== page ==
The Bible records that in Noah's time, "the wickedness of man was great in the earth, and that every intention of the thoughts of his heart was only evil continually" (Genesis 6:5). Mankind constantly thought of evil things to say and do and never tended toward righteousness, generosity, or love. Genesis 6:13 states that God said, "I have determined to make an end of all flesh, for the earth is filled with violence through them. Behold, I will destroy them with the earth." Humankind's evil thoughts actually led to violence, atrocities, and chaos. It is hard to imagine a world so horrific and the physical, emotional, and psychological damage such a world would inflict upon its inhabitants. One can picture men brutalized and killed, women raped and beaten, children tortured and left to die after sexual exploitation, and those who survived so traumatized that their only response was to act out more violence and create more chaos.
When God saw the state of this world, "it grieved him to his heart" (Genesis 6:6). God never desired for His creatures to suffer such unthinkable atrocities. He saw the plight of humankind and felt compassion and regret. He used the flood to bring this violent suffering to an end. As humans, we understand the need for violent criminals to be stopped, the need to protect society from their predations.
Protecting is exactly what God did during the flood. "Noah was a righteous man, blameless in his generation. Noah walked with God" (Genesis 6:9). For this reason God preserved Noah and his family in the ark. God explicitly stated, "for I have seen that you are righteous before me in this generation" (Genesis 7:1). In sparing Noah and his family, God also rescued all of humanity in that after the flood Noah's family was to "Be fruitful and multiply and fill the earth" (Genesis 9:1; cf. Genesis 1:28). God could have terminated His creation completely, and yet He chose rescue instead.
Furthermore, in 2 Peter 2:5 we learn that Noah even preached to his ungodly generation calling them to righteous living. So those who came in contact with Noah had the opportunity to repent and turn toward the Lord and be saved. Instead, they continued in their evil and violent ways.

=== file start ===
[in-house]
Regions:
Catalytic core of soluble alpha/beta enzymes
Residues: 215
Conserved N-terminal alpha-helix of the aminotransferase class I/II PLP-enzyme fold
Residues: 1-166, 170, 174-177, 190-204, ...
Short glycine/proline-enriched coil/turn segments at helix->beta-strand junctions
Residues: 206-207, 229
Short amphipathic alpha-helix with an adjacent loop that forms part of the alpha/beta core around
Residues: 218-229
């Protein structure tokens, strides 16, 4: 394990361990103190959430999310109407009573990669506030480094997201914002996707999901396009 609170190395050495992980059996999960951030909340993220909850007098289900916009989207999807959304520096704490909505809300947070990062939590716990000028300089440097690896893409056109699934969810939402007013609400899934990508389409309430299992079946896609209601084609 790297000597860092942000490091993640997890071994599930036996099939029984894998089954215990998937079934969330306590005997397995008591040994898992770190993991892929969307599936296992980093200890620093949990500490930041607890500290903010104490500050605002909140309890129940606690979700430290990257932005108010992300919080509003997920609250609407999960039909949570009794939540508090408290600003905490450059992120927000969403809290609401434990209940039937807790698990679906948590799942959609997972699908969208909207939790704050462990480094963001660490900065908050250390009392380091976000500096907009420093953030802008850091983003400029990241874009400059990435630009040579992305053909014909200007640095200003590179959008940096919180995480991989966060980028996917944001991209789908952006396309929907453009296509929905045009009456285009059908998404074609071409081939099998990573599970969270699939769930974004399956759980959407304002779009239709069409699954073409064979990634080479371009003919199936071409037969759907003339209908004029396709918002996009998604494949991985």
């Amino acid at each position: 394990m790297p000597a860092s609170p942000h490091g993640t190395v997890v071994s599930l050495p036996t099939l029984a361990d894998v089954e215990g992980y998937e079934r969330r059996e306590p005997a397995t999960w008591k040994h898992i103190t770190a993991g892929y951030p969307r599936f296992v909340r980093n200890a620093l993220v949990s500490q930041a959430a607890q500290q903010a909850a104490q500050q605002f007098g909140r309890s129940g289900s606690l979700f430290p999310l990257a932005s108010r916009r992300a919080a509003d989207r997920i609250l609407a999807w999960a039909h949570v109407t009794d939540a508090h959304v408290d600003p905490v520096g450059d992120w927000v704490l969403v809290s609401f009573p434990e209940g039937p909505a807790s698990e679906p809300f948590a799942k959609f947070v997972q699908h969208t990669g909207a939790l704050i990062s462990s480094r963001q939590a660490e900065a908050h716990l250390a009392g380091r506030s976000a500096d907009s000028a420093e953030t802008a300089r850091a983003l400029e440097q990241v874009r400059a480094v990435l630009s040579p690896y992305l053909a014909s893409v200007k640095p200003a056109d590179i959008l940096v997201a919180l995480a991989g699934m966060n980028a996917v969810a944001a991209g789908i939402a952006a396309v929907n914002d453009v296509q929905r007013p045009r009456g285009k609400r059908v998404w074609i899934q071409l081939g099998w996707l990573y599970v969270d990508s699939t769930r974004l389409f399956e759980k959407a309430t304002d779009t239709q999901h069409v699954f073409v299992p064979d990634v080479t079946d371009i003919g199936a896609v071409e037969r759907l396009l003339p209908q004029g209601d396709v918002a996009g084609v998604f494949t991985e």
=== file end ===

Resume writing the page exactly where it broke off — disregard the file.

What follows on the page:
One can imagine that even the animals were excessively violent. In a description of the future reign of the Messiah, Isaiah records, "The wolf shall dwell with the lamb, and the leopard shall lie down with the young goat, and the calf and the lion and the fattened calf together; and a little child shall lead them. The cow and the bear shall graze; their young shall lie down together; and the lion shall eat straw like the ox. The nursing child shall play over the hole of the cobra, and the weaned child shall put his hand on the adder's den. They shall not hurt or destroy in all my holy mountain; for the earth shall be full of the knowledge of the LORD as the waters cover the sea" (Isaiah 11:6–9). When everything is restored to the way God intended before sin entered the world, not only will humans live at peace with each other, but even the animals will no longer hunt or harm. After the flood, even the animals had to start anew with the remnant He preserved on the ark.
Despite Noah's righteousness and the presumed docility of the animals aboard the ark, Noah and his family still struggled with a human nature corrupted by sin in a world still tainted by the fall. Even with this new beginning, humankind still needed God's intervening hand of salvation. Paul explained to the Romans, "for all have sinned and fall short of the glory of God, and are justified by his grace as a gift, through the redemption that is in Christ Jesus, whom God put forward as a propitiation by his blood, to be received by faith" (Romans 3:23–25). Jesus' sacrifice on the cross paid the penalty for sin; His resurrection confirmed it. When we receive Jesus' work on our behalf by faith, we are made right before God, and it results in our sanctification and eternal life (Romans 6:22).
The letter to the Hebrews states, "By faith Noah, being warned by God concerning events as yet unseen, in reverent fear constructed an ark for the saving of his household. By this he condemned the world and became an heir of the righteousness that comes by faith" (Hebrews 11:7). It was God's grace and Noah's faith that spared him during the flood. Peter highlights the justice of God by using the flood and Noah's salvation as an example. He concluded, "then the Lord knows how to rescue the godly from trials, and to keep the unrighteous under punishment until the day of judgment" (2 Peter 2:9). The people during Noah's time were unrighteous and committing violence so egregiously that it filled the earth and broke God's heart. They were exposed to Noah's faith and called to join him in obedience, but instead continued in their sin until God brought it to an end with a destructive flood.
The flood was, indeed, just and a picture of the condemnation all humans deserve (John 3:36). The fact that salvation is possible and comes through faith is an exorbitant grace (Romans 5:6–11; Ephesians 2:1–10). The flood in Noah's time, rather than being an example of injustice, is rather an example of God's unmerited grace. It is an example that God is exactly who He revealed Himself to be when He said to Moses, "The LORD, the LORD, a God merciful and gracious, slow to anger, and abounding in steadfast love and faithfulness, keeping steadfast love for thousands, forgiving iniquity and transgression and sin, but who will by no means clear the guilty" (Exodus 34:6–7). May it be said of us like it was of Isaiah, "your guilt is taken away, and your sin atoned for" (Isaiah 6:7).
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